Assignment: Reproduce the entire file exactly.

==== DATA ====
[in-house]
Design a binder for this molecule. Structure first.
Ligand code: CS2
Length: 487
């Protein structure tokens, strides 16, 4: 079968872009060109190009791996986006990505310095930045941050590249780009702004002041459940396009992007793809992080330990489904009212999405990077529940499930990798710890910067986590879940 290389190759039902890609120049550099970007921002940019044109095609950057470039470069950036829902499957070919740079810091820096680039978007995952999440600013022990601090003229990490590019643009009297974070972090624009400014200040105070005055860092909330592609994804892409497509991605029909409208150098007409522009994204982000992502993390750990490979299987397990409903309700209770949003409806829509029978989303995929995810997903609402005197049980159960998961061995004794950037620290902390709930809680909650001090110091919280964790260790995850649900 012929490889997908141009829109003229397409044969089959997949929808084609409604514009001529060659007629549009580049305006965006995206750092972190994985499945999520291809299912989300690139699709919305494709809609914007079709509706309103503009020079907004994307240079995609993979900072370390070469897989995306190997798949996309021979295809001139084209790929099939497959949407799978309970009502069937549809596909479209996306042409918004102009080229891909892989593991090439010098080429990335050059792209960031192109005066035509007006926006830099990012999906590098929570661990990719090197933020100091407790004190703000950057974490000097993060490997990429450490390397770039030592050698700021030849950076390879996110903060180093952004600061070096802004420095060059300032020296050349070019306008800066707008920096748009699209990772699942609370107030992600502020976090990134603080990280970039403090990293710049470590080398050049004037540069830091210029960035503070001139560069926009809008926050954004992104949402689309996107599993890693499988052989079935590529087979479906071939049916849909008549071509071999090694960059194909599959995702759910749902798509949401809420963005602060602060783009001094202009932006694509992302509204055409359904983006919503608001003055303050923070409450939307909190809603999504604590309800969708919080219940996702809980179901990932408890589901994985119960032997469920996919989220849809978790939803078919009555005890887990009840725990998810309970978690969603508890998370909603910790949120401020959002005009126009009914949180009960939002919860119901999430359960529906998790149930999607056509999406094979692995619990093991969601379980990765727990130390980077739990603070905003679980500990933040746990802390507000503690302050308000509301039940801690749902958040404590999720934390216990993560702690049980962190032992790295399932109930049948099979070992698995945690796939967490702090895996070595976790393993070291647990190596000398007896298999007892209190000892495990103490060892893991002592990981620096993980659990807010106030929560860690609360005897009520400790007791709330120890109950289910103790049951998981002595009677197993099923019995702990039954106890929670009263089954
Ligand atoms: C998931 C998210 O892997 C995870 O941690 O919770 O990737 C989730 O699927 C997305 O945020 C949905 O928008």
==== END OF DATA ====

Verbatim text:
[in-house]
Design a binder for this molecule. Structure first.
Ligand code: CS2
Length: 487
């Protein structure tokens, strides 16, 4: 079968872009060109190009791996986006990505310095930045941050590249780009702004002041459940396009992007793809992080330990489904009212999405990077529940499930990798710890910067986590879940 290389190759039902890609120049550099970007921002940019044109095609950057470039470069950036829902499957070919740079810091820096680039978007995952999440600013022990601090003229990490590019643009009297974070972090624009400014200040105070005055860092909330592609994804892409497509991605029909409208150098007409522009994204982000992502993390750990490979299987397990409903309700209770949003409806829509029978989303995929995810997903609402005197049980159960998961061995004794950037620290902390709930809680909650001090110091919280964790260790995850649900 012929490889997908141009829109003229397409044969089959997949929808084609409604514009001529060659007629549009580049305006965006995206750092972190994985499945999520291809299912989300690139699709919305494709809609914007079709509706309103503009020079907004994307240079995609993979900072370390070469897989995306190997798949996309021979295809001139084209790929099939497959949407799978309970009502069937549809596909479209996306042409918004102009080229891909892989593991090439010098080429990335050059792209960031192109005066035509007006926006830099990012999906590098929570661990990719090197933020100091407790004190703000950057974490000097993060490997990429450490390397770039030592050698700021030849950076390879996110903060180093952004600061070096802004420095060059300032020296050349070019306008800066707008920096748009699209990772699942609370107030992600502020976090990134603080990280970039403090990293710049470590080398050049004037540069830091210029960035503070001139560069926009809008926050954004992104949402689309996107599993890693499988052989079935590529087979479906071939049916849909008549071509071999090694960059194909599959995702759910749902798509949401809420963005602060602060783009001094202009932006694509992302509204055409359904983006919503608001003055303050923070409450939307909190809603999504604590309800969708919080219940996702809980179901990932408890589901994985119960032997469920996919989220849809978790939803078919009555005890887990009840725990998810309970978690969603508890998370909603910790949120401020959002005009126009009914949180009960939002919860119901999430359960529906998790149930999607056509999406094979692995619990093991969601379980990765727990130390980077739990603070905003679980500990933040746990802390507000503690302050308000509301039940801690749902958040404590999720934390216990993560702690049980962190032992790295399932109930049948099979070992698995945690796939967490702090895996070595976790393993070291647990190596000398007896298999007892209190000892495990103490060892893991002592990981620096993980659990807010106030929560860690609360005897009520400790007791709330120890109950289910103790049951998981002595009677197993099923019995702990039954106890929670009263089954
Ligand atoms: C998931 C998210 O892997 C995870 O941690 O919770 O990737 C989730 O699927 C997305 O945020 C949905 O928008």